News & Notes

Understanding the 30-Minute Comedy: Sheree Guitar at Script DC

by Maria Notarianni

Sheree Guitar, now CEO of Sheree Guitar Entertainment, began as a television writer for series, such as Roseanne. Her experience with sitcoms led her to start her own company and share her skills in both writing and pitching a pilot with upcoming writers. During her lecture at Script DC, Guitar shared her tips and experiences as well.

Structuring the Comedy

The thirty-minute comedy involves a basic structure:

  • A story: the primary story of a show
  • B story: the secondary story of a show
  • Runner: a side character story (e.g. Kramer’s story in Seinfeld)
  • Season-long story: a reoccurring story (e.g. ugly naked guy in Friends)

The “A story” involves the shows protagonist, and ultimately the other stories will revolve around them. Using the example of Roseanne, Guitar recalls an episode she wrote called “One for the Roads.” In the episode, Roseanne and Dan Conner’s oldest daughter, Becky, gets drunk with one of her friends while her parents are out of the house. Although Becky receives the most screen-time during the episode, the climax of the episode is when Roseanne and Dan talk about Becky’s drinking incident and how this reflects on them as parents. Guitar’s example is telling of the structure of a television series: the story revolves back to the “A story,” answering broader questions about the leading characters rather than the plot would have viewers assume.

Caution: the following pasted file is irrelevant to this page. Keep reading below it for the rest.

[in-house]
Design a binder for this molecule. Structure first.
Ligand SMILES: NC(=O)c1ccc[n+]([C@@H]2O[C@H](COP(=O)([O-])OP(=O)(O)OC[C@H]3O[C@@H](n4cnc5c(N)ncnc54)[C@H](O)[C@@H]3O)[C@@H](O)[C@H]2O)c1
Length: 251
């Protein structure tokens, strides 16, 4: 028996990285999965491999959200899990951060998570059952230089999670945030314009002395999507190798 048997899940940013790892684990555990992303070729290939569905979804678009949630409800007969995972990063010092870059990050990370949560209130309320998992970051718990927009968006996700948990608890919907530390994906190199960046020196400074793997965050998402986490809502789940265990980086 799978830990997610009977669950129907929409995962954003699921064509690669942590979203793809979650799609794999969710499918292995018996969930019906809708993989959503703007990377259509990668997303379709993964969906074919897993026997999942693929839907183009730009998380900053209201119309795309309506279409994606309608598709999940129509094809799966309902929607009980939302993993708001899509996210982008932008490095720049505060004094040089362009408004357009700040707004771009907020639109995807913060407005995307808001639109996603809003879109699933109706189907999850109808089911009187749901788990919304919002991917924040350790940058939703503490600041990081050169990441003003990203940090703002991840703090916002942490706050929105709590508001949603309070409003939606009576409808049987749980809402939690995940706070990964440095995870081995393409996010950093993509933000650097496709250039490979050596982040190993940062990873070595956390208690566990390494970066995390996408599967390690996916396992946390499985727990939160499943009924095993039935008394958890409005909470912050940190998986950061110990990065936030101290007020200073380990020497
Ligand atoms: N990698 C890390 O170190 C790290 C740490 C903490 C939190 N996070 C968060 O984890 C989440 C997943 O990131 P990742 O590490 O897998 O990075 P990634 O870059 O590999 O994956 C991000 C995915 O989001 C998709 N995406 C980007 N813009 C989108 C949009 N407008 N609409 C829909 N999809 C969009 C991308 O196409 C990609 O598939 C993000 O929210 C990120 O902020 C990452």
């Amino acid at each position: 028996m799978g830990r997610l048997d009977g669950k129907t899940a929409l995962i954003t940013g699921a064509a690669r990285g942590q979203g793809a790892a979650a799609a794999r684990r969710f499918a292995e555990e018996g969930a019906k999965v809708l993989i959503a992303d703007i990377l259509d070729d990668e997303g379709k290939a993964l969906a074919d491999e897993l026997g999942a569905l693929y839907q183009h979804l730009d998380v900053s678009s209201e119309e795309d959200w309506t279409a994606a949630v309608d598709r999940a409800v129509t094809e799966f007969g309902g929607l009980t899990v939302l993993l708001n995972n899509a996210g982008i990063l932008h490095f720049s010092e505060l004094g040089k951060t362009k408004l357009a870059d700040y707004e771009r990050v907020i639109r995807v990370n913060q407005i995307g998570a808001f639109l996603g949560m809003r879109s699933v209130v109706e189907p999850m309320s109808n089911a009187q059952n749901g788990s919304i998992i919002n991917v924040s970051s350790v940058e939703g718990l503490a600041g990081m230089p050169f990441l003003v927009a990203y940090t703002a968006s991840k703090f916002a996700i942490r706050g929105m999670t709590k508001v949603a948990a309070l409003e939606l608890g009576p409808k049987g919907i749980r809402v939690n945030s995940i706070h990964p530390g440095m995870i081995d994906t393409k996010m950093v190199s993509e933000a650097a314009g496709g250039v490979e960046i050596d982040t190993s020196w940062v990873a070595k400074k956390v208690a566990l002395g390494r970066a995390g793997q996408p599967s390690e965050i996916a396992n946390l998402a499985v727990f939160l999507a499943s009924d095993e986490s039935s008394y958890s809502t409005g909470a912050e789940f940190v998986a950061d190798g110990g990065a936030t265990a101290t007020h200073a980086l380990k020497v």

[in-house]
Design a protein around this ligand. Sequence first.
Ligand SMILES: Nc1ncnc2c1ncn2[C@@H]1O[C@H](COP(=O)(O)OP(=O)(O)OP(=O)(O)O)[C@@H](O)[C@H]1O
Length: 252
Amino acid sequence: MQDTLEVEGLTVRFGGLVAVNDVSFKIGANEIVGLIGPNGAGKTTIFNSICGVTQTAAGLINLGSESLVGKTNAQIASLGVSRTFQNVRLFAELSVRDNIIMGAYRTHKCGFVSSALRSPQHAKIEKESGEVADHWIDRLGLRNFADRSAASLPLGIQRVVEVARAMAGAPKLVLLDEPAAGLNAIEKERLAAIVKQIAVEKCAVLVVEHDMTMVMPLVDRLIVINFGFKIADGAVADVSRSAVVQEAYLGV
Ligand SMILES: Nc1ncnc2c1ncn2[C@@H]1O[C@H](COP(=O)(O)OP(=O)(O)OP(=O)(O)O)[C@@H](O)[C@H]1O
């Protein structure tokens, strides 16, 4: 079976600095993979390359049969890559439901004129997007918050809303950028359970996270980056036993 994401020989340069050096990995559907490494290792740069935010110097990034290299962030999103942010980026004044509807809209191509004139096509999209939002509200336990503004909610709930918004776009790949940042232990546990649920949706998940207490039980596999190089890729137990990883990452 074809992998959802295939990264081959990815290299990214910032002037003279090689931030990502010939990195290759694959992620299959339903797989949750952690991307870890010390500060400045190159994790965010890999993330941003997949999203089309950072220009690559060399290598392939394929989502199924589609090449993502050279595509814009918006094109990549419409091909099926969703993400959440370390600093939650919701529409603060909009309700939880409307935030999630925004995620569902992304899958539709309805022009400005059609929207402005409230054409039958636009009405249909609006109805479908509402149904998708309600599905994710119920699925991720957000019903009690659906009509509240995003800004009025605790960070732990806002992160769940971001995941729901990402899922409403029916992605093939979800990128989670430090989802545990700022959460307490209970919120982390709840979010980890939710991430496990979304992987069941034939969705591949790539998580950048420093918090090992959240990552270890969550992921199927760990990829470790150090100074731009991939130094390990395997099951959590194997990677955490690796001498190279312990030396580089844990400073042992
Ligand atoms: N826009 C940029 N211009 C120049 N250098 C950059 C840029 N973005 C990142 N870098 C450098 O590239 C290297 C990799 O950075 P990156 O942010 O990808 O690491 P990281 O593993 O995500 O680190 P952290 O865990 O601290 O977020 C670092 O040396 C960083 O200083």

21st Century Television

When television series (including Roseanne) were airing in the ‘90s, there was common knowledge about what was on television, and people would discuss the shows at work the next day; a practice Guitar called “water cooler talk.” Now, with platforms such as Netflix and Amazon Prime, common knowledge has dispersed into niche markets. Niche markets allow for consumers to have a larger selection of genres to choose from, and thus, writers have a broader range of topics for which to write.

Consistency in Comedy

Even in a changing market, there are still staples to writing a comedy, specifically the comedy’s characters. An example Guitar uses is Modern Family. The show, whose namesake comes from evolving times, revolves around a large family that consists of three immediate families. Collectively, they are an unconventional, television family. Individually, they are a family of running stereotypes. Guitar advised: Create a new and unique show with familiar characters.

Selling Your Script

For all of Guitar’s lessons to be put to use, writers need to know how to sell their scripts. Thanks to websites like YouTube, people have a platform that can serve as a starting point for getting picked up by a television network, as has been done with shows such as Broad City. There are many directions a writer can go to get their pilot recognized, and putting content online is only one option. Going to events like Script DC offers blooming writers a chance to meet people in “the business” and discuss their ideas firsthand. The experience offered by getting to personally connect with someone is a great way to begin networking.

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